This will read as perverse and bizarre yet I assure you that the £26k per year benefit cap which reduces to £23k per year in London from 7 November can pay out £51,362 per week in ‘welfare…
By Paul Homewood As I mentioned the other day, the Committee on Climate Change have sent me their detailed costings for the Fifth Carbon Budget. Part of these are …
Far from being in love with these things – as the gullible press here would have us believe – the Germans that are forced to endure them, hate them just as much as everyone else in the World.
In this wrap up of a report from Die Welt by NoTricksZone, set-upon rural Germans have had – as we say ‘a gutful’ of the wind industry; and what comes with it.
Taking matters into their own gnarly, weathered hands, German farming communities are in open rebellion.
It’s an uprising that includes farmers blockading turbine construction sites with their tractors; and stealthy stormtroopers dropping a MET mast, used to measure wind speeds, that presage the threat of industrial wind turbine construction.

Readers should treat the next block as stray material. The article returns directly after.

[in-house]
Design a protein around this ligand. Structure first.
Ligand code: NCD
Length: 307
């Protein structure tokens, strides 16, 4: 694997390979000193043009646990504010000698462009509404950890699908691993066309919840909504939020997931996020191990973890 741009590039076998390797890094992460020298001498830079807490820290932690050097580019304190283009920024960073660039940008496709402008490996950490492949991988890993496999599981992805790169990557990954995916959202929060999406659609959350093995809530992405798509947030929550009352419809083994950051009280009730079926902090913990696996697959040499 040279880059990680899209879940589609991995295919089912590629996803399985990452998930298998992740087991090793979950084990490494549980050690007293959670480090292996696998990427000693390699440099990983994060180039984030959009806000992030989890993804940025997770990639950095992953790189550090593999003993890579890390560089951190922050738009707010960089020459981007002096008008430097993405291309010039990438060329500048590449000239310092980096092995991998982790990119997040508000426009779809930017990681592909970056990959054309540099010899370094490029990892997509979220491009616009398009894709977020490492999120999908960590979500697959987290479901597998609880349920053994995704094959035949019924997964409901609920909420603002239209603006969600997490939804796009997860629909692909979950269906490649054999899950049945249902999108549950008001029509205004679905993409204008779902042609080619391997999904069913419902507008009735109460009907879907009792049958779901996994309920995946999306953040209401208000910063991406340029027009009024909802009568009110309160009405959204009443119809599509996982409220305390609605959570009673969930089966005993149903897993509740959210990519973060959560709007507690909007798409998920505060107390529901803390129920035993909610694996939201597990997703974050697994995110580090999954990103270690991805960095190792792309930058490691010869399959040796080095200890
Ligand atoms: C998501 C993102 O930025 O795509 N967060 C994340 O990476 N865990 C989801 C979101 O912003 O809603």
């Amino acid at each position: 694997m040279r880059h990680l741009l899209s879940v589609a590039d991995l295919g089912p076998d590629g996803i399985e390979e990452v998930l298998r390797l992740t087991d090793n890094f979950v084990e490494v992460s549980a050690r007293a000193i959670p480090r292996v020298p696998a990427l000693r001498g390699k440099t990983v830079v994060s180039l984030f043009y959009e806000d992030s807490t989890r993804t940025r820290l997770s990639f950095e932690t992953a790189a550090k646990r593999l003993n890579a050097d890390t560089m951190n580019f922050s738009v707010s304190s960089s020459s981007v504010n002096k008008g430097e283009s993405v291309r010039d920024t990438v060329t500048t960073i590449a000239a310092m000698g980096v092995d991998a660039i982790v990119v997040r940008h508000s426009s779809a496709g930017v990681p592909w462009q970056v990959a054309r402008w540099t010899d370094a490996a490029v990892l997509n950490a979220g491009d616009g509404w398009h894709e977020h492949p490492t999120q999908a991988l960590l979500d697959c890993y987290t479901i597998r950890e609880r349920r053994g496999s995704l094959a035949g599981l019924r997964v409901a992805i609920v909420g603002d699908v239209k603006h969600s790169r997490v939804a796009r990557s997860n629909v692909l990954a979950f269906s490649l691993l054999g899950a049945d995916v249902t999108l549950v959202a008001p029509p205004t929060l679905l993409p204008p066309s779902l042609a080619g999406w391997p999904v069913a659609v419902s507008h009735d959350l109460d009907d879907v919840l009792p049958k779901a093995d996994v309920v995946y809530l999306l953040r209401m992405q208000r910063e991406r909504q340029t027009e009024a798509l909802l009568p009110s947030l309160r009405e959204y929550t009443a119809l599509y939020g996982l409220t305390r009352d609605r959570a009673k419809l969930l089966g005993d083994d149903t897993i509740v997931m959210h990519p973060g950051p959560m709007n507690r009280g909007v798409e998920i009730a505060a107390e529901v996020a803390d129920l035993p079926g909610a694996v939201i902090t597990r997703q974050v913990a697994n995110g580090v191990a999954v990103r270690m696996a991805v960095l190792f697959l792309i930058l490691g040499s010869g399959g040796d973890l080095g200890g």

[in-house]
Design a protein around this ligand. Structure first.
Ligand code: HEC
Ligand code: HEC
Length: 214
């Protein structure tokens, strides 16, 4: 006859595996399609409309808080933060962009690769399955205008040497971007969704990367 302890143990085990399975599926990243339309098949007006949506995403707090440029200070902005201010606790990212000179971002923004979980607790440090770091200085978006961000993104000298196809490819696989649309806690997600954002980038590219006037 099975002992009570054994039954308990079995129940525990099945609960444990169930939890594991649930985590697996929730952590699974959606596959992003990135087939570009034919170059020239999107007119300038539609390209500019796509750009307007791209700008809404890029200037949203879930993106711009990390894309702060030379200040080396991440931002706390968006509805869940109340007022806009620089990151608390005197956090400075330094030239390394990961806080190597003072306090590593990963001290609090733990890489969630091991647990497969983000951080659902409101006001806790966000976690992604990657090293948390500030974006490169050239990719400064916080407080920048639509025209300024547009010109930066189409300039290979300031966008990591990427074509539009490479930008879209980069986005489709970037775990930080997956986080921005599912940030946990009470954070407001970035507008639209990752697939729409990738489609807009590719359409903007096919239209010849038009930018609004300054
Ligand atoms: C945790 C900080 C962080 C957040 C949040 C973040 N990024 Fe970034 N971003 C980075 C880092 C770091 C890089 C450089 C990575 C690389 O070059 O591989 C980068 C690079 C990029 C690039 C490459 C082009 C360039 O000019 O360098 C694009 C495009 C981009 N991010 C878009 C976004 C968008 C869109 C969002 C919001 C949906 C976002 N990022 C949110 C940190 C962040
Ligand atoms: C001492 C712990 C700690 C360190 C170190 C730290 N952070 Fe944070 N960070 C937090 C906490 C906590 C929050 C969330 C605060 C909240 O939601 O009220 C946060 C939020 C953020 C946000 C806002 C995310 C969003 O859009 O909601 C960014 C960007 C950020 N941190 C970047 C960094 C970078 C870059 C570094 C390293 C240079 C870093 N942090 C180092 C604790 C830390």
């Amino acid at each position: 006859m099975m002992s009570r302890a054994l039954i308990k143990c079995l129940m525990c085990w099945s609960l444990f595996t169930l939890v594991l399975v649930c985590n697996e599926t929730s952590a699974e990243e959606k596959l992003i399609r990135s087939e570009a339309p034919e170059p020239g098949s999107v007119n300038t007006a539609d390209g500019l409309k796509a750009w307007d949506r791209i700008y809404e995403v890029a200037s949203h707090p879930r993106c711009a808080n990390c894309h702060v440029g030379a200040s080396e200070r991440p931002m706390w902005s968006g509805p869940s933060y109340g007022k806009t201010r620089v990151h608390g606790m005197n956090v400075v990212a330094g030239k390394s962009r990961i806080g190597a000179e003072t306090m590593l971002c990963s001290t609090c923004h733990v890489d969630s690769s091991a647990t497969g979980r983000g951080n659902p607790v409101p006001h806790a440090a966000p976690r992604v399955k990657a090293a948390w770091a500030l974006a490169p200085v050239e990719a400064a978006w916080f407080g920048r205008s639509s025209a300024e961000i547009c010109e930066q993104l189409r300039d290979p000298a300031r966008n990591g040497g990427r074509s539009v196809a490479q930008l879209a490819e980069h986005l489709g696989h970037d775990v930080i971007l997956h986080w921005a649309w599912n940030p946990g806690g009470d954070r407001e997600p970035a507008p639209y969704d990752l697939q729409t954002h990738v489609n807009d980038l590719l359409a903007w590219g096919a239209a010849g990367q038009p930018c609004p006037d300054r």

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By Paul Homewood
According to a conventional narrative, tropical islands are eroding away due to rising seas and increasingly devastating storms. Not really, according to the recent work of Ford and Kench (2016).
Writing as background for their study, the two researchers state that low-lying reef islands are “considered highly vulnerable to the impacts of climate change,” where an “increased frequency and intensification of cyclones and eustatic sea-level rise [via global warming] are expected to accelerate shoreline erosion and destabilize reef islands.” However, they note that much remains to be learned about the drivers of shoreline dynamics on both short- and long-term time scales in order to properly project future changes in low-lying island development. And seeking to provide some of that knowledge, the pair of New Zealand researchers set out to examine historical changes in 87 islands found within the Jaluit Atoll (~6°N, 169.6°E), Republic of…
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